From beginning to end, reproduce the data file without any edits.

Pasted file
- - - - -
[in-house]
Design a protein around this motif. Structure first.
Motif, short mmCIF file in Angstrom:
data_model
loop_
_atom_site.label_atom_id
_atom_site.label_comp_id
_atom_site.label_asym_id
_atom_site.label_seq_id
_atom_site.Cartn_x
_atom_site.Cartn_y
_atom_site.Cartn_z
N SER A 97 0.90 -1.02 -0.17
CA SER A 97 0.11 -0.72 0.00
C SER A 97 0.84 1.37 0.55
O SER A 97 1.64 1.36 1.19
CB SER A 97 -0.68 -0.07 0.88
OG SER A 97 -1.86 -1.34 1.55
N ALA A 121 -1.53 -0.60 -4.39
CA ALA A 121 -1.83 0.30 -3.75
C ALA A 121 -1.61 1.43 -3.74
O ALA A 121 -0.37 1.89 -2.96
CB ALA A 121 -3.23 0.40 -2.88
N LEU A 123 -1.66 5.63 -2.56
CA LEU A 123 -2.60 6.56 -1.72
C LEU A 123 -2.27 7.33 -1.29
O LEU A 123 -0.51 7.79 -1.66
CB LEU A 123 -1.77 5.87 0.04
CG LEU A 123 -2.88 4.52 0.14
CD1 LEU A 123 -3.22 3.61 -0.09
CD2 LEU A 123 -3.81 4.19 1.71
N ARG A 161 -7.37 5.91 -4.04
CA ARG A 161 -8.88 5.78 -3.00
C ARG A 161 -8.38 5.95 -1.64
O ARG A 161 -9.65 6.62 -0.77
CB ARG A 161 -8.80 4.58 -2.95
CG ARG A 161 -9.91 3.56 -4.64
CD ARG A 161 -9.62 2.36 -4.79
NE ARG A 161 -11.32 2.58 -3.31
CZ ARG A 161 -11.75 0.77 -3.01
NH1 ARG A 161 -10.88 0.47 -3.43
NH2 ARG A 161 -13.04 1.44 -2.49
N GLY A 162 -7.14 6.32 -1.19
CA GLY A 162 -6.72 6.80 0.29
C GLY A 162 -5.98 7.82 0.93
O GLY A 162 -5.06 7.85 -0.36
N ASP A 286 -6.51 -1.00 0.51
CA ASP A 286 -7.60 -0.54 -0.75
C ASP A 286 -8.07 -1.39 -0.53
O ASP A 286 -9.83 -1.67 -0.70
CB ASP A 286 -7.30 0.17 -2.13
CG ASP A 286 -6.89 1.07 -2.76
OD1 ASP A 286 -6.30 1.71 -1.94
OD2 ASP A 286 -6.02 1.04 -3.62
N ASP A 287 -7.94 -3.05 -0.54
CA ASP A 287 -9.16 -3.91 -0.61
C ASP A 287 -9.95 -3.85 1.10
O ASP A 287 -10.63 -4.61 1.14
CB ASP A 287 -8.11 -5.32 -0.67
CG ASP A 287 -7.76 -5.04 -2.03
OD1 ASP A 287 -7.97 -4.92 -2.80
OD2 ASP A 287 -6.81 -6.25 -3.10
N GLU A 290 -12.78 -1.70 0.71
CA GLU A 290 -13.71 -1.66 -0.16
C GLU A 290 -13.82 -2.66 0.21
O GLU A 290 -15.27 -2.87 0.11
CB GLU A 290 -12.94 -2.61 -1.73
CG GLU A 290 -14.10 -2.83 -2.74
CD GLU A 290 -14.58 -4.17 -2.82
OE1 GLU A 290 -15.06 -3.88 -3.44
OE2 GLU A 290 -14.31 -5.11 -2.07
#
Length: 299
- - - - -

[in-house]
Design a protein around this motif. Structure first.
Motif, short mmCIF file in Angstrom:
data_model
loop_
_atom_site.label_atom_id
_atom_site.label_comp_id
_atom_site.label_asym_id
_atom_site.label_seq_id
_atom_site.Cartn_x
_atom_site.Cartn_y
_atom_site.Cartn_z
N SER A 97 0.90 -1.02 -0.17
CA SER A 97 0.11 -0.72 0.00
C SER A 97 0.84 1.37 0.55
O SER A 97 1.64 1.36 1.19
CB SER A 97 -0.68 -0.07 0.88
OG SER A 97 -1.86 -1.34 1.55
N ALA A 121 -1.53 -0.60 -4.39
CA ALA A 121 -1.83 0.30 -3.75
C ALA A 121 -1.61 1.43 -3.74
O ALA A 121 -0.37 1.89 -2.96
CB ALA A 121 -3.23 0.40 -2.88
N LEU A 123 -1.66 5.63 -2.56
CA LEU A 123 -2.60 6.56 -1.72
C LEU A 123 -2.27 7.33 -1.29
O LEU A 123 -0.51 7.79 -1.66
CB LEU A 123 -1.77 5.87 0.04
CG LEU A 123 -2.88 4.52 0.14
CD1 LEU A 123 -3.22 3.61 -0.09
CD2 LEU A 123 -3.81 4.19 1.71
N ARG A 161 -7.37 5.91 -4.04
CA ARG A 161 -8.88 5.78 -3.00
C ARG A 161 -8.38 5.95 -1.64
O ARG A 161 -9.65 6.62 -0.77
CB ARG A 161 -8.80 4.58 -2.95
CG ARG A 161 -9.91 3.56 -4.64
CD ARG A 161 -9.62 2.36 -4.79
NE ARG A 161 -11.32 2.58 -3.31
CZ ARG A 161 -11.75 0.77 -3.01
NH1 ARG A 161 -10.88 0.47 -3.43
NH2 ARG A 161 -13.04 1.44 -2.49
N GLY A 162 -7.14 6.32 -1.19
CA GLY A 162 -6.72 6.80 0.29
C GLY A 162 -5.98 7.82 0.93
O GLY A 162 -5.06 7.85 -0.36
N ASP A 286 -6.51 -1.00 0.51
CA ASP A 286 -7.60 -0.54 -0.75
C ASP A 286 -8.07 -1.39 -0.53
O ASP A 286 -9.83 -1.67 -0.70
CB ASP A 286 -7.30 0.17 -2.13
CG ASP A 286 -6.89 1.07 -2.76
OD1 ASP A 286 -6.30 1.71 -1.94
OD2 ASP A 286 -6.02 1.04 -3.62
N ASP A 287 -7.94 -3.05 -0.54
CA ASP A 287 -9.16 -3.91 -0.61
C ASP A 287 -9.95 -3.85 1.10
O ASP A 287 -10.63 -4.61 1.14
CB ASP A 287 -8.11 -5.32 -0.67
CG ASP A 287 -7.76 -5.04 -2.03
OD1 ASP A 287 -7.97 -4.92 -2.80
OD2 ASP A 287 -6.81 -6.25 -3.10
N GLU A 290 -12.78 -1.70 0.71
CA GLU A 290 -13.71 -1.66 -0.16
C GLU A 290 -13.82 -2.66 0.21
O GLU A 290 -15.27 -2.87 0.11
CB GLU A 290 -12.94 -2.61 -1.73
CG GLU A 290 -14.10 -2.83 -2.74
CD GLU A 290 -14.58 -4.17 -2.82
OE1 GLU A 290 -15.06 -3.88 -3.44
OE2 GLU A 290 -14.31 -5.11 -2.07
#
Length: 299